they do some necessary work, but definitely nothing near as much as they are paid for and credited for. their ceo is paid HALF A MILLION DOLLARS in salary, others are paid hundreds of thousands of dollars. they are super corporate and hierarchical, super elitist and white. donate to smaller non-profits who need your money, not the ones who have the PR resources to make themselves the face of the struggle. liberals make fun of poor white conservatives for looking to a racist billionaire to save them, but if liberals allow non-profits whose leaders are part of the 1% (planned parenthood ceo makes $600,000) to dictate the terms of anti-trump resistance, what will that resistance ultimately achieve? also these big non-profits are shot through with funding from large foundations like Ford with a committment to deradicalizing social movements. stay skeptical.
“these riots are going to turn off apolitical people!”
gonna be real here bub, that argument didn’t fly a couple years ago when you trotted it out about BLM and it’s certainly not legit now. Who is this “apolitical person” here who is somehow the only legitimate target of any political campaign? Because these criticisms present their own view of reality, wherein everything basically works like American elections. A social movement needs to target the ‘median voter’, the ‘public eye’, or else it is legitimate.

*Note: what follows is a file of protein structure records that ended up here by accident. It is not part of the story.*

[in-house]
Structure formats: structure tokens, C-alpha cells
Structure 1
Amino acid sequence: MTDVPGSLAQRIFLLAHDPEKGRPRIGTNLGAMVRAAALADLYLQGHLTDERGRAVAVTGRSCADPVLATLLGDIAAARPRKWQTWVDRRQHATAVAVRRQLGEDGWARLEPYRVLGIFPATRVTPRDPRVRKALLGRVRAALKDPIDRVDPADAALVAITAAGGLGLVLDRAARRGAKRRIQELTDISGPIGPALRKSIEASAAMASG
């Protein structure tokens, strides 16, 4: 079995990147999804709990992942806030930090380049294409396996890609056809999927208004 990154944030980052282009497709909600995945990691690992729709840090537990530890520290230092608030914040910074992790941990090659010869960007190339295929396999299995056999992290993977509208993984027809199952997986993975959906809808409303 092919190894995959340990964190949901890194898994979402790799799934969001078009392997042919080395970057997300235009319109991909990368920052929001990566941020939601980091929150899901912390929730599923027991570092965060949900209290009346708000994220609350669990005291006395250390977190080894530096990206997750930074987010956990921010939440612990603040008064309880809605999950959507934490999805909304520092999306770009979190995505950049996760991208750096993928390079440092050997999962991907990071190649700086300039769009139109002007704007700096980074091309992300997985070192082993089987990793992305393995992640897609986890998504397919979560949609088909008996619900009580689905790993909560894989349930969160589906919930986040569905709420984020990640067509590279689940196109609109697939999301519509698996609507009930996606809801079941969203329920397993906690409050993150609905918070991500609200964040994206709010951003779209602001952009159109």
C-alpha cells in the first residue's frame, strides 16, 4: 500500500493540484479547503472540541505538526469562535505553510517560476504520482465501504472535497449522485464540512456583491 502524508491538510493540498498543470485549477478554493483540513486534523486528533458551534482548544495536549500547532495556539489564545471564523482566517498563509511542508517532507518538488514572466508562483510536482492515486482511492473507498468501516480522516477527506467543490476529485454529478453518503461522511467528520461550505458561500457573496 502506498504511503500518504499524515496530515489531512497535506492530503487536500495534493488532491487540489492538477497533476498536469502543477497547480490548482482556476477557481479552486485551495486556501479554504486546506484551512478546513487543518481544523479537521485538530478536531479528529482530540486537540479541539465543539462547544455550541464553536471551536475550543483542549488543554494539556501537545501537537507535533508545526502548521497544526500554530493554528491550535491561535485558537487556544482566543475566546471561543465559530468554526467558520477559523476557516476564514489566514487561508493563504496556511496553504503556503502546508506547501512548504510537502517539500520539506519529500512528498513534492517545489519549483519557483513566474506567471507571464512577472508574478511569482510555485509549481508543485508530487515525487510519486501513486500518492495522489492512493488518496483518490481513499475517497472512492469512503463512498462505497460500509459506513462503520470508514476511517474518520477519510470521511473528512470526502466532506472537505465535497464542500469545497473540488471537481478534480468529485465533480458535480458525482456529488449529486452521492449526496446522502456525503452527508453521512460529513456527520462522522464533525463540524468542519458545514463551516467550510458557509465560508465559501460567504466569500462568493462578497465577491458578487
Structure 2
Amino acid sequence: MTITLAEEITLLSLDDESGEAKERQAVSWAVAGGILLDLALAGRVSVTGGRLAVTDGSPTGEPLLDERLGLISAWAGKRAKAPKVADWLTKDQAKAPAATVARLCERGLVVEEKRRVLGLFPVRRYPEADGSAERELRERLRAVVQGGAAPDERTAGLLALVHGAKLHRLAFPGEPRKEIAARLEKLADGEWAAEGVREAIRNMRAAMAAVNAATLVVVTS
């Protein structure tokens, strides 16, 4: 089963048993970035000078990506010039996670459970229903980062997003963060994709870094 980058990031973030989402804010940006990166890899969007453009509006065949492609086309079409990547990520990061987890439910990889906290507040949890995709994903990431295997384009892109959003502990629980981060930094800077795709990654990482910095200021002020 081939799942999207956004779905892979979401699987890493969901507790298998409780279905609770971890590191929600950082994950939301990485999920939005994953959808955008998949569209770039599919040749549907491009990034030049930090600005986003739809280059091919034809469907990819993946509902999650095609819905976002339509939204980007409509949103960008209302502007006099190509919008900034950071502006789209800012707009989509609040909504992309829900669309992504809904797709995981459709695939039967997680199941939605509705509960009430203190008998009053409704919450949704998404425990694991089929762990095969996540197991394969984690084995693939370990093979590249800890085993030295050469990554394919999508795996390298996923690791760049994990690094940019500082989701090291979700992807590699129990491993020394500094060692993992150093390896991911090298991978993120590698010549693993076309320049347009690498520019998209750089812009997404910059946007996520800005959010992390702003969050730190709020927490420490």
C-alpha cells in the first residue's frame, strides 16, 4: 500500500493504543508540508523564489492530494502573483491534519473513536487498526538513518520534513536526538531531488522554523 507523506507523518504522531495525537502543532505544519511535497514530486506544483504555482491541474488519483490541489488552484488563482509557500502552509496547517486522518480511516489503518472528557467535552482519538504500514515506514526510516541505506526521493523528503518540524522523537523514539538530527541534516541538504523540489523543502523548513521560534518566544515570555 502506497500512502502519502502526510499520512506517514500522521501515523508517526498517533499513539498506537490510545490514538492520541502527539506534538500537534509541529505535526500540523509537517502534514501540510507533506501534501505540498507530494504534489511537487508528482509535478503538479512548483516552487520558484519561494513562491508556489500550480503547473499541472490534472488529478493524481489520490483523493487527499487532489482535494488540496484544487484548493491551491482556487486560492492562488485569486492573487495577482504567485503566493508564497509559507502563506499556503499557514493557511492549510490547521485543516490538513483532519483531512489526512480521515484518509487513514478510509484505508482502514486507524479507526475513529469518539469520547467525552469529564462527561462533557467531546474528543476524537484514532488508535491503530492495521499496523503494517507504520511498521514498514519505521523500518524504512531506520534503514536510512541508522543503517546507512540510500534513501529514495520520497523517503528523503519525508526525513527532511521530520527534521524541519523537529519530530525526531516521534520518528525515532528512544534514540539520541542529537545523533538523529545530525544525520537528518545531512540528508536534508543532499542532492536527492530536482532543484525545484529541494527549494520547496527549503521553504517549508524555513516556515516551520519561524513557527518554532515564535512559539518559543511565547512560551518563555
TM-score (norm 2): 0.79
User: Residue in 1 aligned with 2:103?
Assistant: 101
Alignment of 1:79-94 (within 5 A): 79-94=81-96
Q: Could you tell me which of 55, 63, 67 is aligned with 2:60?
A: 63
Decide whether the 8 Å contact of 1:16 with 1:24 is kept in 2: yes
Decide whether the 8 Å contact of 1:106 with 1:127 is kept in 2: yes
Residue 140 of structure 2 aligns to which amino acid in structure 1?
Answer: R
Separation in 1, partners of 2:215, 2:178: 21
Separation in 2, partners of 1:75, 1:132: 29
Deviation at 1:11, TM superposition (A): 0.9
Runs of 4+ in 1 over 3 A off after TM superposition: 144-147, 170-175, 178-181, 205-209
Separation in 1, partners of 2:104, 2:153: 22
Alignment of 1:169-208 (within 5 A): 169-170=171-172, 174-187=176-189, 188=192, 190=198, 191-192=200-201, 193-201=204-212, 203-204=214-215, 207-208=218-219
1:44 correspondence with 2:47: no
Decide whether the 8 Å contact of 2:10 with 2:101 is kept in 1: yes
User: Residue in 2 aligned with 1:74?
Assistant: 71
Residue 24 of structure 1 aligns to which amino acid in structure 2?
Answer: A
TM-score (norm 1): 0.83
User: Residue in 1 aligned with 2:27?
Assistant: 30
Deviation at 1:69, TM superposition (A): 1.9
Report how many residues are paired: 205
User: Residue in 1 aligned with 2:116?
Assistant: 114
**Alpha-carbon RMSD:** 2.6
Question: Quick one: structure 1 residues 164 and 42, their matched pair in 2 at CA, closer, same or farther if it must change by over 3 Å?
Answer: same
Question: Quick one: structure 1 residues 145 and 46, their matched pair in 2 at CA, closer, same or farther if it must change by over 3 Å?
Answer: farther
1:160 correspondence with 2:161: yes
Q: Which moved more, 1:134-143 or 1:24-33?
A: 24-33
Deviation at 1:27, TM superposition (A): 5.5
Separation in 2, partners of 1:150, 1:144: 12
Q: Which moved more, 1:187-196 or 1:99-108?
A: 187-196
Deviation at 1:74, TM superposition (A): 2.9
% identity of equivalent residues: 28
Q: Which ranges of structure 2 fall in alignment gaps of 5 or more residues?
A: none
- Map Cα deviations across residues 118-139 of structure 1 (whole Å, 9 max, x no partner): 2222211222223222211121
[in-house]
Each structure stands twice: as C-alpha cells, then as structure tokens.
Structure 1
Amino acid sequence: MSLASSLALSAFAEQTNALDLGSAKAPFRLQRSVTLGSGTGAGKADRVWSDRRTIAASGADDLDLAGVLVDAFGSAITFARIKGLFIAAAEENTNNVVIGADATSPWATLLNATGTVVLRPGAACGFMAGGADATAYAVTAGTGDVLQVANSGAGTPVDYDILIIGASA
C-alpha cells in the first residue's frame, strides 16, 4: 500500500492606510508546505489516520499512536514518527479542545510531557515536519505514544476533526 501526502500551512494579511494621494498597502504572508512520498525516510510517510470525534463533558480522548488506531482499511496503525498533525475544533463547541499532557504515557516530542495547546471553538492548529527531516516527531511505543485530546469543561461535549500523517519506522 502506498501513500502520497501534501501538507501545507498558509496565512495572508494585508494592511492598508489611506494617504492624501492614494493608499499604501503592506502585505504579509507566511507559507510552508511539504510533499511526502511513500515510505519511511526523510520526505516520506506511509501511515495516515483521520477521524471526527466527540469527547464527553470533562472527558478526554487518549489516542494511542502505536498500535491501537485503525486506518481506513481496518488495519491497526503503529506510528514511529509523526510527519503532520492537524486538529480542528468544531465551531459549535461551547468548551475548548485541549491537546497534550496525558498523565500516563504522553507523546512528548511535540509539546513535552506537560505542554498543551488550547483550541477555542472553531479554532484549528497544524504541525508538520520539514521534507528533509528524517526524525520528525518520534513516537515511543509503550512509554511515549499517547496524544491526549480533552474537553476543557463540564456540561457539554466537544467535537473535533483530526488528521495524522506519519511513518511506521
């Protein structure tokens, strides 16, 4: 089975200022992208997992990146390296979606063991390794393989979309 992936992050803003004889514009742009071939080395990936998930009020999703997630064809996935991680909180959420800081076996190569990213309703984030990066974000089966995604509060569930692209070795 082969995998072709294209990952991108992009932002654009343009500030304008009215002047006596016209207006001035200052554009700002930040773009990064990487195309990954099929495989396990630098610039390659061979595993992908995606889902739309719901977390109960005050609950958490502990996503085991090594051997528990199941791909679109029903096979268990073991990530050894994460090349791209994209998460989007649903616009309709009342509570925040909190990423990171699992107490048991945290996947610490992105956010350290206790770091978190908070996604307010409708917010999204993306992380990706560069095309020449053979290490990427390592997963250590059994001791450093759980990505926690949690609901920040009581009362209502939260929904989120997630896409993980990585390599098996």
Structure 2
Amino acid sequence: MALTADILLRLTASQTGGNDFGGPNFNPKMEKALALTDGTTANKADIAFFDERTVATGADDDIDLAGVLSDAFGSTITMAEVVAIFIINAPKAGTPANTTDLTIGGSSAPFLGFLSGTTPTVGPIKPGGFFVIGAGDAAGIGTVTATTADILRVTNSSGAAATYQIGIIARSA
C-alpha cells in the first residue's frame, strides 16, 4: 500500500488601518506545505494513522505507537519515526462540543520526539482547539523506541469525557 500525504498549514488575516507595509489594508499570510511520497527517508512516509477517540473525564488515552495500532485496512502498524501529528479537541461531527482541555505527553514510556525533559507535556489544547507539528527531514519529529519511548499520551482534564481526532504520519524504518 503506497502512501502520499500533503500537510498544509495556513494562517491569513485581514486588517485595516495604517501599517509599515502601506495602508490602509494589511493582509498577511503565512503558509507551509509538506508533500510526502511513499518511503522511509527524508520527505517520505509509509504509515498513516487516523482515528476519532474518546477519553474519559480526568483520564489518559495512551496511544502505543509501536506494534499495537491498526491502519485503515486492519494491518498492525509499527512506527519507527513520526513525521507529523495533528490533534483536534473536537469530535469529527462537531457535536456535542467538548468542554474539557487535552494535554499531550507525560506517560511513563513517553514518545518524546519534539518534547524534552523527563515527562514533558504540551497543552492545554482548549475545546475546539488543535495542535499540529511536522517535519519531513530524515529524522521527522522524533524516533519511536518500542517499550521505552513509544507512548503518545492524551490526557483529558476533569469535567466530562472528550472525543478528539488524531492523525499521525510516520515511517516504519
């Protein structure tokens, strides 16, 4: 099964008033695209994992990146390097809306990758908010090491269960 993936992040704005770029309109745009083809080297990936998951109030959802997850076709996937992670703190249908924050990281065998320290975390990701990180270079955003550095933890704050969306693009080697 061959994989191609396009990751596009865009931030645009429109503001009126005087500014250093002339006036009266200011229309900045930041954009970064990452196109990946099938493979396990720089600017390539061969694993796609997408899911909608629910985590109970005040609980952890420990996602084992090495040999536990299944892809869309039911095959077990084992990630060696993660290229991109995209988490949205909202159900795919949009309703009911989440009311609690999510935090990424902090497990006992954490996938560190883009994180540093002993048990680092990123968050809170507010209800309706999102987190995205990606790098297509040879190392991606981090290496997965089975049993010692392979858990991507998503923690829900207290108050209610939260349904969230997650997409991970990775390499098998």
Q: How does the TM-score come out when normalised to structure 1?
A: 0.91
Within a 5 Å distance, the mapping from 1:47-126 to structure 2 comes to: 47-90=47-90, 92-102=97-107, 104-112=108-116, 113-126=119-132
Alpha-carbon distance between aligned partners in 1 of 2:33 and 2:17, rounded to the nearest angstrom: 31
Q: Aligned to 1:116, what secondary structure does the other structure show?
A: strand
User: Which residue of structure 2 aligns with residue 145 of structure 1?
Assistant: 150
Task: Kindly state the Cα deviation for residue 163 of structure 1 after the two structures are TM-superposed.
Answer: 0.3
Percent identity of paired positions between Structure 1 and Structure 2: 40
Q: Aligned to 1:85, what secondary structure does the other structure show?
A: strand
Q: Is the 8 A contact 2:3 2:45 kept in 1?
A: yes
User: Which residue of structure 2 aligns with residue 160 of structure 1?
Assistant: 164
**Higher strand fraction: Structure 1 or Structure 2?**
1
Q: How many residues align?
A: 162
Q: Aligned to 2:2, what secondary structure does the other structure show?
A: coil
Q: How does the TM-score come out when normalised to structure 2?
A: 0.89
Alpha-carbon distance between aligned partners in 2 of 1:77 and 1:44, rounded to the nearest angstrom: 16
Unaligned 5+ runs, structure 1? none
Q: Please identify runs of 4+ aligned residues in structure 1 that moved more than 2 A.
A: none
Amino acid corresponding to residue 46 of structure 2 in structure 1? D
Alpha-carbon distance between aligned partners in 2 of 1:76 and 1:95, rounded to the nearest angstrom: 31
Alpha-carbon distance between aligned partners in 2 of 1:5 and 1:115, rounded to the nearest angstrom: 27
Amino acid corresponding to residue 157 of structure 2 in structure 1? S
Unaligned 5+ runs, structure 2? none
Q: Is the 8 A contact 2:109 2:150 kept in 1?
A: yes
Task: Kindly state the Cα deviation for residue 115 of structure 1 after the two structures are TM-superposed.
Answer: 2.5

Because of this violent is illegitimate, because it turns people off (never specified). But here’s the thing
for decades conservatives attacked abortion clinics, they made it dangerous and annoying to be a reproductive doctor, they bombed clinics. And a ton of liberals shook their heads and talked about how this is turning people off
and ya know what? it’s nearly impossible to get an abortion in a large part of the country now. Because this program of violence combined with a group of other tactics made talking about it impossible, alienated women and other people who needed to go to planned parenthood clinics, and then destroyed those clinics.
We can’t rely on these outside ‘apolitical people’, with their omnipotent judgement, to help us. People aren’t rioting to get people to vote for the Democrats, they’re rioting to protect themselves, to cast out fascists. The movement that’s building isn’t AND SHOULD NOT BE a movement of ‘reasonable people who just have some issues with Trump’. These ‘reasonable people’ have been willing to replicate this violent, to throw us under the bus if need be, in order to get back into the halls of power. The movement needs to be based on the interests and rights of those who are currently targeted by Trump’s policies. That’s a stronger coalition, that’s a better coalition.